Viv Anderson shirt displayed at People's History Museum
The shirt worn by the first black footballer to play for England has gone on display for the first time at a museum in Manchester.
The shirt was won by Viv Anderson when he played for England against Czechoslovakia on 29 November, 1978.
The former Manchester United, Arsenal and Nottingham Forest defender won 30 England caps during his career.
Anderson had kept the shirt for the past 33 years. It will now be displayed at the People's History Museum.
It has undergone conservation as it was kept in an unsuitable environment, the museum said.
Football historian Mark Bushell, who discovered the shirt, said: "This is a truly iconic object which signifies a real change - not just in football, but in society as a whole.
"The shirt represents a seismic shift in the way black people were beginning to be perceived in society.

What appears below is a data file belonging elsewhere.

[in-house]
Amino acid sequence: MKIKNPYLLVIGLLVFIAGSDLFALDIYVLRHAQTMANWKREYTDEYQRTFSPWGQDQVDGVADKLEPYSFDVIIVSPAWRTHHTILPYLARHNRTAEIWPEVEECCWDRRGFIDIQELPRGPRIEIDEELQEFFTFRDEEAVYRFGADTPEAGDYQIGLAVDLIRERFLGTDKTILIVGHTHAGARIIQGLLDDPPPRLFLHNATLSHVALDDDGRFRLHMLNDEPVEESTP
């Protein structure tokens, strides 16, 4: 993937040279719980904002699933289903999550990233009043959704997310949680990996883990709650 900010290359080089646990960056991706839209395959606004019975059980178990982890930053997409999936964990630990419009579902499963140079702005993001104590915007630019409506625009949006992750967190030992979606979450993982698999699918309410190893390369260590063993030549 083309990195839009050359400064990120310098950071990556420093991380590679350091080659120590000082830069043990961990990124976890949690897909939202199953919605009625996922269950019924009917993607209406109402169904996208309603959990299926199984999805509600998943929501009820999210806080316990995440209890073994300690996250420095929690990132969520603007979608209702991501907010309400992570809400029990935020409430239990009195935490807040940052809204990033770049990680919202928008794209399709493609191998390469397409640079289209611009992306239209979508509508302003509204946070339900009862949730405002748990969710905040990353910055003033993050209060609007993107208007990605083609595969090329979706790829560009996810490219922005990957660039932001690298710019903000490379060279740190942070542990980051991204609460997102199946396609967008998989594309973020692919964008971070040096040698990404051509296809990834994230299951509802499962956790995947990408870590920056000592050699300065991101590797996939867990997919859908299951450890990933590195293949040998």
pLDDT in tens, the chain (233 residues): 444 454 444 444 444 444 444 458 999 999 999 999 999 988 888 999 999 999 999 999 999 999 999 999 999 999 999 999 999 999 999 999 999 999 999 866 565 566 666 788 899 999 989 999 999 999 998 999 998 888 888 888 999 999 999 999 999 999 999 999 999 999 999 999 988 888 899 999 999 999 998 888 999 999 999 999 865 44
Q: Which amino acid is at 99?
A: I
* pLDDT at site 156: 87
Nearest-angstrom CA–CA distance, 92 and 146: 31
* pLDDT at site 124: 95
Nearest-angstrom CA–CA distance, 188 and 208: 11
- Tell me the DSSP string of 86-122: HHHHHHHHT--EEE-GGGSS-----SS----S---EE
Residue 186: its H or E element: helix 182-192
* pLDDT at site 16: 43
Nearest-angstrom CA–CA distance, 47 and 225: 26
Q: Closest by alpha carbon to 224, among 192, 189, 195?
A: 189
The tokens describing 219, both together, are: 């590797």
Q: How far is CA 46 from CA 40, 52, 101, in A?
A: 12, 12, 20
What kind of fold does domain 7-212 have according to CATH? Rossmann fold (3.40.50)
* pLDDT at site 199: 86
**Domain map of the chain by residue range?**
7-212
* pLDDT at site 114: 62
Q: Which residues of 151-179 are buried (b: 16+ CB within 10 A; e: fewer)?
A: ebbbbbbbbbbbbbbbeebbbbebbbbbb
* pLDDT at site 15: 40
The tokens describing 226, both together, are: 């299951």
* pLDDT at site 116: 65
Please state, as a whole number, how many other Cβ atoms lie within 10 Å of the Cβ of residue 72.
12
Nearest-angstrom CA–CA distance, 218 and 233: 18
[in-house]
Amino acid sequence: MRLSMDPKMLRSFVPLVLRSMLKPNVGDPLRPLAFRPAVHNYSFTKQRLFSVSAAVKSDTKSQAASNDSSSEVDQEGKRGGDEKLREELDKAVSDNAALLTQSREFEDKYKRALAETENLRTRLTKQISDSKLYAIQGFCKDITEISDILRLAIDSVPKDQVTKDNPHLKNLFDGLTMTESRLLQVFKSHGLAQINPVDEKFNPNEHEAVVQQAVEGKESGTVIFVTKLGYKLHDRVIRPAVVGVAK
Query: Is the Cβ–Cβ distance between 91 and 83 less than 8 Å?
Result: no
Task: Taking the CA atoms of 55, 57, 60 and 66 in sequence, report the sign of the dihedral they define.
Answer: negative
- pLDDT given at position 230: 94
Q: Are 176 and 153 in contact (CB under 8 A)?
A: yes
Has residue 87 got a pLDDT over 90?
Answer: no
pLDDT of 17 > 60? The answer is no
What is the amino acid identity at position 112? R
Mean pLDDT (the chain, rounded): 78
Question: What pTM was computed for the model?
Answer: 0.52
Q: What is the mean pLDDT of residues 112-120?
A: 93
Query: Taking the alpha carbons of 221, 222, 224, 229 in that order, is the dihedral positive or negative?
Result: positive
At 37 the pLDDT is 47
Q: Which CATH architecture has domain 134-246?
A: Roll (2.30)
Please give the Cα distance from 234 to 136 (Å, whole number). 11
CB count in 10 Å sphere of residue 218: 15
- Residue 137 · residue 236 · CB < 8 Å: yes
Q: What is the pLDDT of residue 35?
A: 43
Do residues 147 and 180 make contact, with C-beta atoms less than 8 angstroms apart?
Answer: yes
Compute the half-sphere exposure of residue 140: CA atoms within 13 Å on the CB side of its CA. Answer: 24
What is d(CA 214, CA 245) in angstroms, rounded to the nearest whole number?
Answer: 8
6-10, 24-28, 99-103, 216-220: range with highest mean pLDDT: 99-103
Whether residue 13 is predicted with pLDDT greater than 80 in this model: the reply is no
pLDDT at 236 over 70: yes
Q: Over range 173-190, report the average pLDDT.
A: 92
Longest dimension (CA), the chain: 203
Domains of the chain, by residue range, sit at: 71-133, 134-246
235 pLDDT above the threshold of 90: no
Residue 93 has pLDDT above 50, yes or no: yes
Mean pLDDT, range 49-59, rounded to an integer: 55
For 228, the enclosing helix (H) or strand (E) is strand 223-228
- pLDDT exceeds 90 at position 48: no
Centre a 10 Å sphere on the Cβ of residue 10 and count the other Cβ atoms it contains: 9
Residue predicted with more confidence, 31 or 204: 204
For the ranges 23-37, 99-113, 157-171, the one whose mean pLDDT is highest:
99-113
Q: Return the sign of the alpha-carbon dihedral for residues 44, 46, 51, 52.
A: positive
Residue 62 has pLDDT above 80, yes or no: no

"Although Viv was a fantastic player, recognised by the best managers of the day, he suffered terrible racial abuse and discrimination, before going on to play at the highest level in the game, culminating in him becoming the first black player to be capped for England in 1978."
Anderson said he was delighted the shirt was finally being displayed.
"Mark rightly hounded me for months about the shirt when he discovered that I still had it," he said.
"I suppose I don't really appreciate how big a deal it is, although I did get a telegram from the likes of Elton John and the Queen when I made my England debut so I guess that tells you something."